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History of the Indonesian Red Cross

The Indonesian Red Cross or IRCI is the first and largest humanitarian organization in Indonesia. The mission of IRCI is to help and serve the victims of conflicts, disasters, health crises, to spread humanitarian values ​​and international humanitarian law. In addition, IRCI also has a blood donor unit in each city to meet the blood needs of the community.

History of the Indonesian Red Cross in Indonesia from time to time

The history of PMI or the history of the Red Cross in Indonesia dates back to the time before World War II. Report from the official website of the Indonesian Red Cross (IRCI), the following is an explanation of the history of IRCI from time to time.

PMI History: The Beginning of the Red Cross in Indonesia

The history of the Red Cross in Indonesia dates back to the time before World War II. On October 21, 1873, the Dutch colonial government established the Red Cross in Indonesia under the name Nederlandse Rode Kruis Afdeling Indie (Nerkai), which was later disbanded during the Japanese occupation.

History of the Indonesian Red Cross: The Struggle to Establish PMI in 1932

The struggle to establish the Indonesian Red Cross began around 1932. This activity was spearheaded by Dr. RCL Senduk and Dr. Bahder Djohan. The plan to establish PMI received wide support, especially from Indonesian educated circles. In 1940, the draft for the establishment of the PMI was brought to the Nerkai Conference. However, it was immediately rejected in the end. After that, the draft is saved to wait for the right opportunity. During the Japanese occupation, the founding pioneers of PMI tried again to form a National Red Cross Agency. However, this effort was once again hindered by the government of the Japanese army, so that for the second time the draft was again shelved.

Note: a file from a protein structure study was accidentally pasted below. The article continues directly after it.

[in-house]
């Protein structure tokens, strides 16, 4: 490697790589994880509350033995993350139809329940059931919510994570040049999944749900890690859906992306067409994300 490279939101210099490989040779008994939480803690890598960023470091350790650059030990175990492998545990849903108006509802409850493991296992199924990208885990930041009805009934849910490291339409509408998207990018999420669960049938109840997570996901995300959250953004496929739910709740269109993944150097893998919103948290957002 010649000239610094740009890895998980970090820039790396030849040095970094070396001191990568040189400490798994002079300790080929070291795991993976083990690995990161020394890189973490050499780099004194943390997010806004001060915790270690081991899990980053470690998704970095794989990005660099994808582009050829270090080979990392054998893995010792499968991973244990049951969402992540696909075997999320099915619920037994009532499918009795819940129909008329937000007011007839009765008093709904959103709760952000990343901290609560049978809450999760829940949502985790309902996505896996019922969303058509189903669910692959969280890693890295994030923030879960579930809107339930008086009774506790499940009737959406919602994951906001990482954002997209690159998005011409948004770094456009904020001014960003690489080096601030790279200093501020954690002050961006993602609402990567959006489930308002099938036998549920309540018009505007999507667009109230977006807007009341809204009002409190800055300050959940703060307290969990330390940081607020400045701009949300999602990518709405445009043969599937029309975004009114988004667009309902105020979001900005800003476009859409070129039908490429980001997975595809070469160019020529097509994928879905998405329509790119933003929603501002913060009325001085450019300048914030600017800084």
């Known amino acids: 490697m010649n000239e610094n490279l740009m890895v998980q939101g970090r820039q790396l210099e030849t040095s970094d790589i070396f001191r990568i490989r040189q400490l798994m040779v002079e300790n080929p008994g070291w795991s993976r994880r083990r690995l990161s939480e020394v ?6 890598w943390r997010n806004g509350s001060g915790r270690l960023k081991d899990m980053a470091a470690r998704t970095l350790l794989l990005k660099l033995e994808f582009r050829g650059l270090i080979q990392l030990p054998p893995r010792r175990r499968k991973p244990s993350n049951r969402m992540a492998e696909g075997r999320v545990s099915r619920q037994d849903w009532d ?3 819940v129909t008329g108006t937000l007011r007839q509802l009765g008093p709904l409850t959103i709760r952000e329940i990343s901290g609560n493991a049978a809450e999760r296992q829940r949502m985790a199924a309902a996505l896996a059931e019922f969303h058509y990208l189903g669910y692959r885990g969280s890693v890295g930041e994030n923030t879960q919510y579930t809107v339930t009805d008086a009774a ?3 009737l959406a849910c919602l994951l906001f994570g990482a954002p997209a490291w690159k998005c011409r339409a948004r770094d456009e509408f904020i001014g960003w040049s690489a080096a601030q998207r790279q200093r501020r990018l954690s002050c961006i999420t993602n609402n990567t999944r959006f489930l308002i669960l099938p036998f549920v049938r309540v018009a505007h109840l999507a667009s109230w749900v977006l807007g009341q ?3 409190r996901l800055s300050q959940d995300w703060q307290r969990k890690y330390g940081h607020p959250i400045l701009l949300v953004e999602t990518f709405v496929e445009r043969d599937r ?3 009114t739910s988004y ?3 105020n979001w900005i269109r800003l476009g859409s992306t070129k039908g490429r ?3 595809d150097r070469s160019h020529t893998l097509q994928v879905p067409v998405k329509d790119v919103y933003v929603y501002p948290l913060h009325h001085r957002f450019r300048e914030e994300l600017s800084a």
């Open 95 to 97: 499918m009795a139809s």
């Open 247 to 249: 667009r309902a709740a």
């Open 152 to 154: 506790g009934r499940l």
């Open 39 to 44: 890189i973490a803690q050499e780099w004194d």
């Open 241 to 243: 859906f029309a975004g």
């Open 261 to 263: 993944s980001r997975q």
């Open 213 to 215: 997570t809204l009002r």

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History of the Indonesian Red Cross: The Indonesian Red Cross was officially established in 1945

On September 3, 1945, exactly seventeen days after the proclamation of Indonesian independence on August 17, 1945, President Soekarno issued an order to establish a National Red Cross body. On the order of President Soekarno, on September 5, 1945, Committee 5 was established by Dr. Buntaran, who at that time was the Minister of Health of the Republic of Indonesia in Cabinet I. The members of Committee 5 consist of:

dr. R. Mochtar (President) Dr. Bahder Djohan (Author) Dr. Djuhana

Dr. Marzuki

dr. Sitanala (Member)

Finally, on September 17, 1945, the Indonesian Red Cross Association was successfully established and chaired by Dr. Mohammad Hatta. In a country there is only one national association, so on January 16, 1950, the Dutch government dissolved NERKAI and transferred its assets to the Indonesian Red Cross. NERKAI was represented by Dr. B. Van Trich while from the Indonesian Red Cross represented by Dr. Bahder Djohan.

History of the Indonesian Red Cross: International recognition of the Indonesian Red Cross

Cross in 1950

IRCI pioneered its activities by helping victims of the revolutionary war for independence of the Republic of Indonesia and the return of Allied and Japanese prisoners of war. For this achievement, on June 15, 1950, the Indonesian Red Cross received international recognition from the International Committee of the Red Cross (ICRC) by becoming a member of the International Red Cross. Then, in October 1950, PMI was accepted as a member